I will confess to you that I have found this the most difficult chapter I have encountered so far in Zechariah; I mean I have found it very difficult just to figure out what is meant verse by verse and what individual statements mean. Perhaps you will gather some of that difficulty as we go along.
In considering chapter 10 last time we observed that chapters ten and eleven form a unit in that both chapters are concerned with true and false leadership. We have that theme introduced in 10:2; it surfaces again and again by contrast in the remainder of chapter 10, and continues very obviously to be the theme of chapter 11. Again in chapter 11, as in chapter 10, the Lord contrasts his own leadership of his people with that of false shepherds. There is more here than simply a meditation on faithful leadership, but that is the overarching theme of these two chapters. Leadership is not a new issue in Zechariah. We already noticed that the two central visions of the eight night visions concerned the two leaders of the community of recently returned exiles, Joshua the priest and Zerubbabel the governor. The prophecy of Israel’s coming king that we read more recently in chapter 9 led into the treatment of good and bad leadership that we are reading now. The metaphor of the shepherd is new at this point in Zechariah, but is common enough in the rest of the Bible as you know. [Webb, 135]
v.2 The OT prophets were masters of their culture and its literary art. This short poem is a lament or dirge, such a song as would be sung at a funeral or to commemorate some disaster suffered in battle. But here the lament is a prophecy, a forecast of disasters to come put in the form of the sort of lament that would be sung to commemorate them. This is how they will sing when the catastrophe has overtaken them.
Lebanon was famous for its great trees, just as the Pacific Northwest is. But those tall, mighty cedars became a metaphor for pride.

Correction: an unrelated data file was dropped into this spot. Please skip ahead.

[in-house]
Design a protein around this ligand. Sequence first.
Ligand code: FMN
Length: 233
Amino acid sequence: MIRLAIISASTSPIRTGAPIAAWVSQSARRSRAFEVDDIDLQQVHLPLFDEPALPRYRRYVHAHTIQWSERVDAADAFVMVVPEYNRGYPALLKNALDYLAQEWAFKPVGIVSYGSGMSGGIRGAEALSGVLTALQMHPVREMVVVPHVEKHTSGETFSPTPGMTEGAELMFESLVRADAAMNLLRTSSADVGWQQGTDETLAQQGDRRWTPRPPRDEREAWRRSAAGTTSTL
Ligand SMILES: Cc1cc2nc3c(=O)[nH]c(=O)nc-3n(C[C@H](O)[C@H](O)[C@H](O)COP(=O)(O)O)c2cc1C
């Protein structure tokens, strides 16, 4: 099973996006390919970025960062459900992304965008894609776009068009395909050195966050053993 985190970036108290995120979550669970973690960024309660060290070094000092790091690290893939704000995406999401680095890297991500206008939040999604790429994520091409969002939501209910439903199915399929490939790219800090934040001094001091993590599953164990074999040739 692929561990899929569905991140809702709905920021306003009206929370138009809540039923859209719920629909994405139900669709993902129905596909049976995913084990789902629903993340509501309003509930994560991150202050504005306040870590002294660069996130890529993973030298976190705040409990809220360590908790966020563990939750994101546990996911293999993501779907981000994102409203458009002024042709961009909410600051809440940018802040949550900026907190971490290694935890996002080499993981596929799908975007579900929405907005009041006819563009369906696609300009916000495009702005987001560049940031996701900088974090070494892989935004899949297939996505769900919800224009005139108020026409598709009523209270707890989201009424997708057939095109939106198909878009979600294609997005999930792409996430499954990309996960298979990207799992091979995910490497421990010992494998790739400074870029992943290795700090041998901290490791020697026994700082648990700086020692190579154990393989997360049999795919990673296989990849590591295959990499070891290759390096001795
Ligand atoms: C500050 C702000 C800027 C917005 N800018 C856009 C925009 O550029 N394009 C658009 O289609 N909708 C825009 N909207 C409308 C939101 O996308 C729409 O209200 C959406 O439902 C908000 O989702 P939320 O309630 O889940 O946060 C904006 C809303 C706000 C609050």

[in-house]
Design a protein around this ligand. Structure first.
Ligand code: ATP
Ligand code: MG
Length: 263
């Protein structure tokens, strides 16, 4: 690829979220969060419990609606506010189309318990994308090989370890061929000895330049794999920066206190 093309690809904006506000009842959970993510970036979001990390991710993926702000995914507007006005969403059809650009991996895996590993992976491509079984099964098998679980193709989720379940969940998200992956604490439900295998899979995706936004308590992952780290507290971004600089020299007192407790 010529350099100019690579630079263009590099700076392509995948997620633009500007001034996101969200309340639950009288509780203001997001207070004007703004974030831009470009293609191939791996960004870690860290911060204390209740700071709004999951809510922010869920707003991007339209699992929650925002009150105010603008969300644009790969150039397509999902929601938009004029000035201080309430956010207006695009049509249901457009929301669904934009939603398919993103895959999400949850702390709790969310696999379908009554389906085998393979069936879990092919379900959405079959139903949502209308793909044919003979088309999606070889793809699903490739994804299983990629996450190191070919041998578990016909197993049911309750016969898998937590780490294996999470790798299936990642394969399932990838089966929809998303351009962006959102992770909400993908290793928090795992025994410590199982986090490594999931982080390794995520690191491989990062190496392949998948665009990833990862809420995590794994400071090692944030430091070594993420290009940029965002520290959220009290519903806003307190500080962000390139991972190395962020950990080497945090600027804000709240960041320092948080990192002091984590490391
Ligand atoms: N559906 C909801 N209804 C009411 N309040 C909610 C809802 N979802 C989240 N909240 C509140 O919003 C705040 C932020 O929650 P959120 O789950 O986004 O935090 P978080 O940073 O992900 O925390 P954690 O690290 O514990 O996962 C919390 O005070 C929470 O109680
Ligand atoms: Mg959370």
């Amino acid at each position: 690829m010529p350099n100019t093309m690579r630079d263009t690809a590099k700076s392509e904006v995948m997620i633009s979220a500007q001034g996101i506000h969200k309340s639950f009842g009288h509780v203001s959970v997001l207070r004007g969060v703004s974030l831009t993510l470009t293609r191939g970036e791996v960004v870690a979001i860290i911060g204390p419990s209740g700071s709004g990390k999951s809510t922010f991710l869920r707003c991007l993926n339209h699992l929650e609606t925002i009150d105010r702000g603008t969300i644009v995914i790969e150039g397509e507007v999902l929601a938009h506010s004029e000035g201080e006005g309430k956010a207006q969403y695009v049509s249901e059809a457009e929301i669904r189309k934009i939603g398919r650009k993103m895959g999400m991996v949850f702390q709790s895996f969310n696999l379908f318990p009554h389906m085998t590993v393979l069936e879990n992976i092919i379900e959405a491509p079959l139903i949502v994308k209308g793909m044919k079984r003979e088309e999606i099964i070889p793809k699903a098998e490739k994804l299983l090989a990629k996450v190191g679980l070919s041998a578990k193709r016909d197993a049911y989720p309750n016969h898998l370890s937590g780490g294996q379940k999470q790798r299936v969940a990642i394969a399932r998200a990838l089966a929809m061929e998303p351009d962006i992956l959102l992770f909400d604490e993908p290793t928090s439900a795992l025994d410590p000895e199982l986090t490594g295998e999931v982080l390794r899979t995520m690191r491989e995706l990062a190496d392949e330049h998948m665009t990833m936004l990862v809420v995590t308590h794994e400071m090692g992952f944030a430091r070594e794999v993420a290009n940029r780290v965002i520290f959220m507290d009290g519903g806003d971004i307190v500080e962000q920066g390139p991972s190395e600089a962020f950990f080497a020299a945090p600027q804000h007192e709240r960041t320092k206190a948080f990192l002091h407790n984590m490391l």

“For the Lord of hosts has a day against all that is proud and lofty, against all that is lifted up — and it shall be brought low; against all the cedars of Lebanon, lofty and lifted up and against all the oaks of Bashan … And the haughtiness of man shall be humbled, and the lofty pride of men shall be brought low…” That is Isaiah 2:12-17.
Bashan was what today is called the Golan Heights, the area north and east of the Sea of Galilee. It was once covered with thick forests, but the ground was so fertile that over time the forests were cut down to make room for agriculture and especially for pasture. Hence references in the OT to the “cows of Bashan.” [E.g. Amos 4:1]
v.3 But we are not talking about trees; we are talking about Israel’s leaders. Such leaders are called shepherds frequently in both the OT and the New. The trees are metaphors for the high and mighty among the people. And these are facing judgment in this lament. The thicket of the Jordan — the dense thicket of shrubs on both sides of the river — in those days was a home to lions. Lions, of course, were predators of sheep and other domesticated animals that Israel depended upon. But here the lions are the shepherds whose lair has been destroyed. Shepherds who do not care for the Lord’s flock will be punished!